As a journalist, it’s part of my job to have honest conversations with people I very often don’t know in order to help myself and others better understand the world. So I was really interested in Malcolm Gladwell’s new book, Talking to Strangers, which uses a series of case studies to show how we so often misread strangers and the real problems that that can cause. Read our conversation below and learn about what we so often get wrong when we meet someone new…
Katie Couric: It’s been six years since your last book, congratulations! I know you commit an enormous amount of time researching and studying the topics you write about. How do you know when you’ve finally found the one that you want to devote an entire book to?
Malcolm Gladwell: Well, I’m mildly obsessive. And I tend to be obsessing about one thing or another at all times. (Like, at the moment, I’ve spent the entire day mulling over why Serena Williams lost the U.S. Open final). But sometimes I find myself obsessing over the same thing for weeks on end. That’s usually a sign that a topic is rich enough to be worth doing a podcast episode — or writing a book about.
The book opens with the heartbreaking case of Sandra Bland. Why do you say that it’s “the perfect example” of what you wanted to explore? Why do you think it affected you so deeply?
I don’t know. Maybe it’s unlike most of the other highly publicized cases of encounters between young African Americans and law enforcement, the officer’s dash-cam captured the whole episode. We know every word that was spoken between Bland and the police officer, Brian Encinia. There is no “he said, she said” in this case. And that meant that there is no way to re-interpret or explain away the awfulness and tragedy of their meeting. That tape became one of my obsessions. And after watching it half a dozen times, I thought — I should write a book about this.
A major idea in the book is our tendency to“default to truth” when we meet strangers. Can you tell us what this means exactly and how it can end up causing some real problems?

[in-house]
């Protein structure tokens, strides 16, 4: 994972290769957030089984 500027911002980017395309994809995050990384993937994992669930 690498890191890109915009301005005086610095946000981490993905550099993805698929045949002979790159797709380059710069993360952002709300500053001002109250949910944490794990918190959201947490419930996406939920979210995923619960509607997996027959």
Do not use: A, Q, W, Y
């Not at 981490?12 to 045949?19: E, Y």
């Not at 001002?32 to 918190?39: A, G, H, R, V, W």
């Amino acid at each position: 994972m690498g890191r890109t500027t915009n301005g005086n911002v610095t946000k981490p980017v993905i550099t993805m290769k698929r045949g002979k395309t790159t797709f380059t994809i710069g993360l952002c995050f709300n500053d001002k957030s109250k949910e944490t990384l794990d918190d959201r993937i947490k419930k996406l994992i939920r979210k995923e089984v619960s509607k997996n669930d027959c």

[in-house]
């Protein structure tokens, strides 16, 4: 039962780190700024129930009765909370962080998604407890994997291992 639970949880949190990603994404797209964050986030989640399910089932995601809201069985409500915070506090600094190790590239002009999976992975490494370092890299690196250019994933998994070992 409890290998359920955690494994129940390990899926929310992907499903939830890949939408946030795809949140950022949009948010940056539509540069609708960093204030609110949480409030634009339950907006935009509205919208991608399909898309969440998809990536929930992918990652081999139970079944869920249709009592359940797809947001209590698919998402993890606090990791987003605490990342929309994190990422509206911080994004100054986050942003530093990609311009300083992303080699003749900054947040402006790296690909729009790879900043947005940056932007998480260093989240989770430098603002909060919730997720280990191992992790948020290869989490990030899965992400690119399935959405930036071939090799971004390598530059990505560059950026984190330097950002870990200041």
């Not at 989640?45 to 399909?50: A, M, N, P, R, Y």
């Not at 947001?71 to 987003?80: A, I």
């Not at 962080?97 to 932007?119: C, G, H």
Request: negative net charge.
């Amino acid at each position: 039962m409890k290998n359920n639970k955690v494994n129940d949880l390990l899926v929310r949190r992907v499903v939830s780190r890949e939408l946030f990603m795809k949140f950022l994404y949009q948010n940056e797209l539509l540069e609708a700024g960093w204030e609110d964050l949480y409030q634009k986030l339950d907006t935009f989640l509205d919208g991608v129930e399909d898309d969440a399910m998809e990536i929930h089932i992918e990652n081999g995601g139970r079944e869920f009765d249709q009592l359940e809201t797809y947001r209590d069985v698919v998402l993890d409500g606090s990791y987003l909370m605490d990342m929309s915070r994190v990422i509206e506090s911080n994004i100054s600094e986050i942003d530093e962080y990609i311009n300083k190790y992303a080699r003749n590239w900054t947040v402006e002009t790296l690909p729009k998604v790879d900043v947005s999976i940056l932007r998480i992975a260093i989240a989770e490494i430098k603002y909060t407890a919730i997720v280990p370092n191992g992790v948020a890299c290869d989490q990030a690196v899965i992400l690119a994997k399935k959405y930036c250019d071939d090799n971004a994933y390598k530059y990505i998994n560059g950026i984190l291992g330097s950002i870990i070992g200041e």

One of the big questions that psychologists have been wrestling with for decades is why human beings are so bad at detecting lies. We’re terrible at it. And the psychologist Tim Levine argues that that’s because as humans we “default to truth.” That is: we automatically assume that anyone we speak to is telling the truth, and it takes a mountain of evidence of doubt for us to change our minds. Levine makes the case that this is part of what is special and beautiful about us: default to truth is what allows us to form groups, cooperate, start businesses, and communicate with others and put our children on the school bus every morning without interrogating the bus driver about this qualifications and motives. But it also means that when someone really wants to deceive us, we’re really easily duped. He says — and I agree — that that is a small price to pay for the many advantages of implicit truth in others. But it does mean being human necessarily leaves us open to deception.
Talking to Strangers is a series of case studies of cases in the news that I think make this point explicitly. Why did Bernie Madoff fool so many people for so long? How did the pedophile Larry Nasser get away with abusing so many girls in his care for so long? That’s not because people in positions of authority were negligent. It’s because human beings are by definition vulnerable to those determined to mislead them.
We’re both journalists, so our jobs require that we spend a lot of time talking to strangers and, hopefully, getting them to open up to us truthfully. How do you think your work on the book has affected the way you engage with your subjects?
One of the things that I spend a lot of time on in Talking to Strangers is how we rush to judgement about strangers — we rely on very flawed clues, like facial expressions or body language. And we systematically underestimate the importance of context in making sense of another’s behavior. This has made me way, way more cautious as a journalist. I think the only way for a journalist to honestly profile someone, for example, is if writers limit themselves to painting very specific narrow pictures of their subjects. You can spend a few hours with Brad Pitt and talk about the way he is with you — and you can watch his movies and talk about the way he is on the screen — but you can’t begin to know him. Sadly I think too few of us exercise that kind of caution.
With everything you’ve learned, what’s your best advice for all of us to have better and more honest interactions with strangers?
Be humble. Be cautious. Don’t imagine that you can get to the heart of someone else from a single encounter. Human beings are much more complex than that.
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